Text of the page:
Pakistan Electronic Media Regulatory Authority (PEMRA) has taken decisive action to restrict the broadcast of the TV serial “Hadsa,” which was believed to be centered around the 2020 motorway gang rape case.
The regulatory body for television in the country responded to mounting criticism as the show was perceived to draw inspiration from the harrowing incident that garnered global attention. This tragic event involved the sexual assault of a woman near Lahore by two men in front of her children.
The spark for the regulatory intervention came after advocate Khadija Siddiqi formally lodged a complaint, echoing the sentiments of the outraged public. In response, PEMRA instructed Geo TV to halt the airing of the controversial drama.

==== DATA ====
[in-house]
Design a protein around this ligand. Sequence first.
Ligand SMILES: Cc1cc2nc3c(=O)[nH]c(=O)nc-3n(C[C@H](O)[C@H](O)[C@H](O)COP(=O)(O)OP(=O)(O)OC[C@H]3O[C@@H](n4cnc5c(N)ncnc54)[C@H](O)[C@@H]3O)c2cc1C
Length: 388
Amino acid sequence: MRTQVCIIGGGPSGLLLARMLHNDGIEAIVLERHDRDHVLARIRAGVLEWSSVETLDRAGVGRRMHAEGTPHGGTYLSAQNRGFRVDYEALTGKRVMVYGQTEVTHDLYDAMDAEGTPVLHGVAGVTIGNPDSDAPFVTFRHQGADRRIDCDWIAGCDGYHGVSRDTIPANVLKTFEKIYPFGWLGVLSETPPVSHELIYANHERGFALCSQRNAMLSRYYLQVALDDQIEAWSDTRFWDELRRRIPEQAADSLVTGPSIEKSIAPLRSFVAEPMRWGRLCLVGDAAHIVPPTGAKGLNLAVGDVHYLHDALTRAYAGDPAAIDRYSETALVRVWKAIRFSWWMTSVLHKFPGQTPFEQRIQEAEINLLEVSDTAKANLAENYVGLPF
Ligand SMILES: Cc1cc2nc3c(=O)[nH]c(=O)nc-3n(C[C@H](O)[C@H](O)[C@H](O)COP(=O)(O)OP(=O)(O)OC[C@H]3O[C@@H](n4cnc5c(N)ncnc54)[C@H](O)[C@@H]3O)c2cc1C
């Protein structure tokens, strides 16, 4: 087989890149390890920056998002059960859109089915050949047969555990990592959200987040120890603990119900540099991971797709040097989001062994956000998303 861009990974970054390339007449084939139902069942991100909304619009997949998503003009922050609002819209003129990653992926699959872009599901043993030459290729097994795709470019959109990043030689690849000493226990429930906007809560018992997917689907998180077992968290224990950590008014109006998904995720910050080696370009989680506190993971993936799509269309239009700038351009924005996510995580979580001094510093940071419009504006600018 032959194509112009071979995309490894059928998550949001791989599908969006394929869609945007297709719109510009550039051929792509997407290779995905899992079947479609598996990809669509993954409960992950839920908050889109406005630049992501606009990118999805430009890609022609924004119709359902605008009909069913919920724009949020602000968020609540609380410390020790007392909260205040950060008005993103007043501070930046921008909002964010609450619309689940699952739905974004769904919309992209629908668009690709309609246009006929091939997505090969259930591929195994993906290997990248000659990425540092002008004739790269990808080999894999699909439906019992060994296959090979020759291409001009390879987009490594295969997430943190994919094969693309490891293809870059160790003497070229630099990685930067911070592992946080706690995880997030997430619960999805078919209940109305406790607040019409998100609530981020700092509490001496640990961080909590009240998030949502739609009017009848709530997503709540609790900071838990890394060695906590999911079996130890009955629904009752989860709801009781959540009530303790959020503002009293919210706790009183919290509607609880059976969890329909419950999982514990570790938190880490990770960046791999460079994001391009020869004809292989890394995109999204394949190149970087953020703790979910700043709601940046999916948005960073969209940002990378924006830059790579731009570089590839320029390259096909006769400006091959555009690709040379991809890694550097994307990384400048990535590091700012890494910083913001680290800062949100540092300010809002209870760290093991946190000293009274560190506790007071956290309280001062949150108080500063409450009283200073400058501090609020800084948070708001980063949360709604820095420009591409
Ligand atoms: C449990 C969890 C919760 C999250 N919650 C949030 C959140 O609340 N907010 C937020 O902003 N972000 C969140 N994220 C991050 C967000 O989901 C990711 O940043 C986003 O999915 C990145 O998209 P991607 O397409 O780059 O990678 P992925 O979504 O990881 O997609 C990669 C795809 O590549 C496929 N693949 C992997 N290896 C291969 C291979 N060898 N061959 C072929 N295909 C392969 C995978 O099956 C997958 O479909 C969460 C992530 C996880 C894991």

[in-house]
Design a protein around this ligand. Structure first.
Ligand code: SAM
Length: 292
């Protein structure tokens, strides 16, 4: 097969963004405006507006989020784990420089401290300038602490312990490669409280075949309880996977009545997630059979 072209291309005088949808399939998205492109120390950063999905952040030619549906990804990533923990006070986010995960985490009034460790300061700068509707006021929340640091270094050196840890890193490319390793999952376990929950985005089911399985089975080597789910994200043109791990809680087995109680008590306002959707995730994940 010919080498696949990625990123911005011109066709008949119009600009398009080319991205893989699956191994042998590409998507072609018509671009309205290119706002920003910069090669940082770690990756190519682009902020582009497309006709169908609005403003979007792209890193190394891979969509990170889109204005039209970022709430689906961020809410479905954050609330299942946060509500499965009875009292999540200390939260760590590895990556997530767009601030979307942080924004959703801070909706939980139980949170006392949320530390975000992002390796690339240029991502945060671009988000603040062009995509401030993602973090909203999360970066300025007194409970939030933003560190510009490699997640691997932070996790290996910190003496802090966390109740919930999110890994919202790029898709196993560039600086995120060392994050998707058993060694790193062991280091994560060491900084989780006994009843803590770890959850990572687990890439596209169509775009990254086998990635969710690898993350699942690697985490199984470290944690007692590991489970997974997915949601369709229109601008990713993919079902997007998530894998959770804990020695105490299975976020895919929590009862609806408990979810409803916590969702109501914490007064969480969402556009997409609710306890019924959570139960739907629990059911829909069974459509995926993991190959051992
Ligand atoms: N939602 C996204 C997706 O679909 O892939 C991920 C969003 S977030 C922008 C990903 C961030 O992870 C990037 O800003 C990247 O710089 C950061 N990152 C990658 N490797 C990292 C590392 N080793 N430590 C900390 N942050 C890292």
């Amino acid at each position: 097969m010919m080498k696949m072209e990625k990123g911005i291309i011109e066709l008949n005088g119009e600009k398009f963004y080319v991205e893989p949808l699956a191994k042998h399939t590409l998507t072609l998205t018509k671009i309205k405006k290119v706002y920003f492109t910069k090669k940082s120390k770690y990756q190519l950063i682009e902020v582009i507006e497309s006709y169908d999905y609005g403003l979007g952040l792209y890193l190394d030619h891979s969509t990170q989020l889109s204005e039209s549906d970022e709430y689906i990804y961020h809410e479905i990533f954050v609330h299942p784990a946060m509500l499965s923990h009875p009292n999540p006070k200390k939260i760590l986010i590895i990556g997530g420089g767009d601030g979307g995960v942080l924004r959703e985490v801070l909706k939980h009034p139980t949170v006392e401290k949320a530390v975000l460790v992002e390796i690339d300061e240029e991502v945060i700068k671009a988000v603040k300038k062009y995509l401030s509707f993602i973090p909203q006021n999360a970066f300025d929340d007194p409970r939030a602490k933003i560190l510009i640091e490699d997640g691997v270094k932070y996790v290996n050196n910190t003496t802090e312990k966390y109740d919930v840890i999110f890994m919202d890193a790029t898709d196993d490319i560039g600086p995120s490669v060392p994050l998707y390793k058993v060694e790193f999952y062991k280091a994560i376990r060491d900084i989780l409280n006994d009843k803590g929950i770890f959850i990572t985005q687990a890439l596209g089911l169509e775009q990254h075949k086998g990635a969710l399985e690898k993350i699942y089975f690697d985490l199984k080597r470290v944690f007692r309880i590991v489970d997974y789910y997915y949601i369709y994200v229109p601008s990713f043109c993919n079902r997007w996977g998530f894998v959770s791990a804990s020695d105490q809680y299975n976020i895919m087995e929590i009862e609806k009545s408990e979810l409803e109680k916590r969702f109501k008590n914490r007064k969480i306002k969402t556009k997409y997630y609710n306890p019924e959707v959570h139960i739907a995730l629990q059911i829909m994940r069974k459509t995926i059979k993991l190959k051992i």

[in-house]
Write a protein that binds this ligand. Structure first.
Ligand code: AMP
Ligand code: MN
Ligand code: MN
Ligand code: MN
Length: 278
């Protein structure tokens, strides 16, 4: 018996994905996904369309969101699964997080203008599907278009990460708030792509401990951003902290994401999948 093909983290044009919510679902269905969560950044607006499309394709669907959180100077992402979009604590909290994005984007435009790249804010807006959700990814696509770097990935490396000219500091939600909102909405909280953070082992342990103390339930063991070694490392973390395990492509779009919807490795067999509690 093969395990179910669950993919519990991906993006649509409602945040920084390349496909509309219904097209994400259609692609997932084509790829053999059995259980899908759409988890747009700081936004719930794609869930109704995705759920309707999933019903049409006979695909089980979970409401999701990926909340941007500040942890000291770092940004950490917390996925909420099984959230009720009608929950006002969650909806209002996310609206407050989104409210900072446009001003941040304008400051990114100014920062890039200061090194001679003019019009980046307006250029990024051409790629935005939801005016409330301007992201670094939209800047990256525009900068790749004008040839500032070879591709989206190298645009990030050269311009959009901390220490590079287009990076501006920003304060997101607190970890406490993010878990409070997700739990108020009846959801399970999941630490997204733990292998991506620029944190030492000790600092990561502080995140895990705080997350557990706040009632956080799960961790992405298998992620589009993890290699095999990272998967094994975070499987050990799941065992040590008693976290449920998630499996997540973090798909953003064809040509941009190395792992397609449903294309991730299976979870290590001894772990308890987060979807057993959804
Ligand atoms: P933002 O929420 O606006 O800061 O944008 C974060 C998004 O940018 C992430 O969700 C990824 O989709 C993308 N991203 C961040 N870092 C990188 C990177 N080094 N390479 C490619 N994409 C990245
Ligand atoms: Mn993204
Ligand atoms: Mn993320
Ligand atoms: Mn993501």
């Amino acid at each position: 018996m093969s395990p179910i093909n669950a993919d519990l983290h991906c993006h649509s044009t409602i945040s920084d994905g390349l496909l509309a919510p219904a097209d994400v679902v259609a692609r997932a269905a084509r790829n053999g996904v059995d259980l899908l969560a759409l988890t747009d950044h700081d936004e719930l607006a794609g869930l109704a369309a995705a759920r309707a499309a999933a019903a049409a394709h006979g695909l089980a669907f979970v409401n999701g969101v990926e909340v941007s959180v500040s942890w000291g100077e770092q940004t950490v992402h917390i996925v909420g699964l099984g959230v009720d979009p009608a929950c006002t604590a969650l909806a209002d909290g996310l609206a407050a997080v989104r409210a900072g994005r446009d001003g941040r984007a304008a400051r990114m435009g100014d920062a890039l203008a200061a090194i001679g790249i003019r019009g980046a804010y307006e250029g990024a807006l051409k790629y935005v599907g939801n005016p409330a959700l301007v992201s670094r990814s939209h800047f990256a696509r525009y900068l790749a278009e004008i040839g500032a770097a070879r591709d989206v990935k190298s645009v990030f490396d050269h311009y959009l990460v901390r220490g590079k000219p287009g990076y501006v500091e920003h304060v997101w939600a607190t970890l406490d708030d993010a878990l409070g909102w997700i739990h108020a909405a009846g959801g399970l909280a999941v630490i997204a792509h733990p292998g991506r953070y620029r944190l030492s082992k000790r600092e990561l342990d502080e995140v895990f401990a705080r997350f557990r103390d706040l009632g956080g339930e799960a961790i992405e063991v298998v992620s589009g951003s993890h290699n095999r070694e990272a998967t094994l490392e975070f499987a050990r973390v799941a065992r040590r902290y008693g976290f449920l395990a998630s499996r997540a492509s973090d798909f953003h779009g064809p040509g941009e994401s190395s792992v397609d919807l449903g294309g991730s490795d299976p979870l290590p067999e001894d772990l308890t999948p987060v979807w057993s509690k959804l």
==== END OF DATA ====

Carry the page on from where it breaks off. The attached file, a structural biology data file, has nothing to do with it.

The formal complaint was prompted by the public’s outcry against the show, given its thematic resemblance to the distressing real-life occurrence that deeply affected the nation. In a bid to address the issue, the victim of the rape sought legal advice, and her legal representatives subsequently engaged with PEMRA to request the cessation of the broadcast.
PEMRA, in its notice, acknowledged the numerous complaints it received from concerned viewers about the drama’s plot and theme. Criticisms centered around the drama’s apparent resemblance to the actual incident that transpired on the Lahore-Sialkot Motorway.
The general consensus was that depicting such a grave crime not only revives the trauma of the unfortunate victim but also has the potential to damage the country’s international reputation. There were concerns that global audiences might perceive Pakistan as an unsafe environment for women.
PEMRA unequivocally labeled the storyline of “Hadsa” as highly inappropriate and distressing. The regulatory body stated that the portrayal was far from an accurate representation of Pakistani society and promptly banned the show under Section 27 of the Pemra Ordinance, 2002, as amended by the Pemra (Amendment) Act 2007.